SMORE is a new online program that allows you to design dynamic online newsletters for free. (ah, free! one of my favorite words, especially when it comes to education!) Right now, you have to request membership and wait to be approved before you can use Smore, but it is well worth the wait! Although Smore bills itself as a tool for creating flyers, it could be used to create any sort of web document; this would be an excellent site for creating a classroom webpage or a class/school newsletter. The themes are beautiful and simple, giving the pages a clean and modern look. Editing content is as easy as using Power Point, so even the web novice would be able to build online documents with ease. More experienced with building web pages? Try spicing up your newsletter by embedding pictures, links, or videos. Another great feature is that viewers can leave comments on the newsletter through Facebook, creating real-time feedback from viewers.
NOTE: I'm currently using Smore to build the newsletter for the members of my local chapter of the National Writing Project. You can view my document HERE.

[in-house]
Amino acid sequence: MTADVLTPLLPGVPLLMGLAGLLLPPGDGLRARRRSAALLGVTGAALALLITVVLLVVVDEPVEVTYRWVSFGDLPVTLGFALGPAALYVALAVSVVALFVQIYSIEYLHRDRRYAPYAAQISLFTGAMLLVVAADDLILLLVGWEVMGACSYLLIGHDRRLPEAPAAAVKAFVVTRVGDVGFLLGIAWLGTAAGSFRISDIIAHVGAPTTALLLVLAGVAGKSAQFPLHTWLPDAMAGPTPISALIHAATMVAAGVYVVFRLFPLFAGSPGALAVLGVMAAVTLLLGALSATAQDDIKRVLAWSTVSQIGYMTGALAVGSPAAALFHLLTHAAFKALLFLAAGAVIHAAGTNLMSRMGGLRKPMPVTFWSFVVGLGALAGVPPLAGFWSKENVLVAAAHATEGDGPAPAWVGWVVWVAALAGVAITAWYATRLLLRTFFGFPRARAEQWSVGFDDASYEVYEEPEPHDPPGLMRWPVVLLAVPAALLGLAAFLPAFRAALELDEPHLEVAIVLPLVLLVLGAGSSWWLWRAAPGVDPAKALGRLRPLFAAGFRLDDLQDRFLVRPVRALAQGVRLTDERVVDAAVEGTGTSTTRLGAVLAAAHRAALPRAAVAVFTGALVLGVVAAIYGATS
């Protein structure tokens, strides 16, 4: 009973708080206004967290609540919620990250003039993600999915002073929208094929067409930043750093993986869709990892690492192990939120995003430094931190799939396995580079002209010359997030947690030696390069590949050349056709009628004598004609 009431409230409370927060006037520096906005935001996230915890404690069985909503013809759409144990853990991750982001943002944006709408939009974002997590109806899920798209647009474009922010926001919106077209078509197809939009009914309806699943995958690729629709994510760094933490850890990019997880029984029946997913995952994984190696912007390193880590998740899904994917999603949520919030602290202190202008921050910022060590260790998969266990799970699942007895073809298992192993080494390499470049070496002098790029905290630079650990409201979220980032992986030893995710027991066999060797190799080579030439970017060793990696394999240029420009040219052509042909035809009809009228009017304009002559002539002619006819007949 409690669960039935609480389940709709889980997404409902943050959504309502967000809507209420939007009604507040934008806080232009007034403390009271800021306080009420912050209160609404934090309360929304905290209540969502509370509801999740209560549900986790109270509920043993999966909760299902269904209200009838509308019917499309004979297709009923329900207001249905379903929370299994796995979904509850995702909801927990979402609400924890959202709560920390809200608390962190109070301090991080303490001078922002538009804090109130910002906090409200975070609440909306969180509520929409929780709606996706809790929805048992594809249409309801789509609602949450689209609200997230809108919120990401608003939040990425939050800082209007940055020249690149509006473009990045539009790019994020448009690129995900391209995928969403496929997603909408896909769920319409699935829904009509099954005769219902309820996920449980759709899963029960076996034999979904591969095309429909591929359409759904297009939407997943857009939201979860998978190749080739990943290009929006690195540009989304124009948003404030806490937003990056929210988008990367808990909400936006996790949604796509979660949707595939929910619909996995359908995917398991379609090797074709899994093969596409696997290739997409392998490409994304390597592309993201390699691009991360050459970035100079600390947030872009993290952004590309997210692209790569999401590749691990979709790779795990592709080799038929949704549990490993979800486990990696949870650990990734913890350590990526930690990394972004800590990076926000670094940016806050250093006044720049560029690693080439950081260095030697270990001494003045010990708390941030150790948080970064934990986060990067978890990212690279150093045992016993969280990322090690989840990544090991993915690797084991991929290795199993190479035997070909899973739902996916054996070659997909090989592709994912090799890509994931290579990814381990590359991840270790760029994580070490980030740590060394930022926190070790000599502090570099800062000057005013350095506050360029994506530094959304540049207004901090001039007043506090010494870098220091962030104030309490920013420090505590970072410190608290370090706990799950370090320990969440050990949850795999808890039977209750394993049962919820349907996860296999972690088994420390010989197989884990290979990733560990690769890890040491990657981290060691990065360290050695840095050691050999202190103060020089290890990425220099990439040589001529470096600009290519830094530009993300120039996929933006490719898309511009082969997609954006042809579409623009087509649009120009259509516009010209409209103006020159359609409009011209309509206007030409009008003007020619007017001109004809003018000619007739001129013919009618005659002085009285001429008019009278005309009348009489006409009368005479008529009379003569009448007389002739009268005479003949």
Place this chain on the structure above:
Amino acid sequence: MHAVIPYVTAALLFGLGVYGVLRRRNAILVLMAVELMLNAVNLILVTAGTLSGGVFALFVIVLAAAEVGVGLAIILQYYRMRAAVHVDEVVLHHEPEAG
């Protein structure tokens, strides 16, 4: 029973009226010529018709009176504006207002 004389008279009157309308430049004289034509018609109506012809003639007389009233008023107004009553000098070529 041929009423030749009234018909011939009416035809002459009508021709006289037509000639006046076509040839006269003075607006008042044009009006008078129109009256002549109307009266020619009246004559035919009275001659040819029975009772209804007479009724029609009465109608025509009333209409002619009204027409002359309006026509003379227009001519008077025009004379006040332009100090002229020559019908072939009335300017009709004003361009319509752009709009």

MakeBeliefComix is a great website for creating comics and discovering writing prompts. This site offers tons of free black-and-white printables that can be photocopied and colored (using markers and crayons saves printer ink!). You can also generate your own original comic strips by choosing from their existing selection of characters, objects and speech bubbles. Another great feature are the Digital Writeables, which allow visitors to complete a comic by typing in their text and printing. One wonderful addition that sets this website apart from others is that it features a section for students with special needs, explaining how this site can be used to help all learners express their thoughts. There is also another great section for educators that gives tips on how to use comics in the classroom.
It seems that the latest social networking website taking the Internet by storm is Pinterest. Pinterest is an "online pinboard" that lets you "organize and share things you love." The majority of my friends are currently using Pinterest to share decorating ideas and do-it-yourself project ideas. Of course, I do enjoy pinning pictures of nostalgia-inspiring 80s pop culture, but I also recognize the educational potential of Pinterest. It's a great way to collect pictures of classroom projects, to share helpful websites with others, or showcase student projects to a wide audience. You could even have students create pin boards of websites or news articles for research. Or create a pin board of recommended reading as a class. the possibilities are endless.
Dr. Jessica Pilgreen, Ed.D.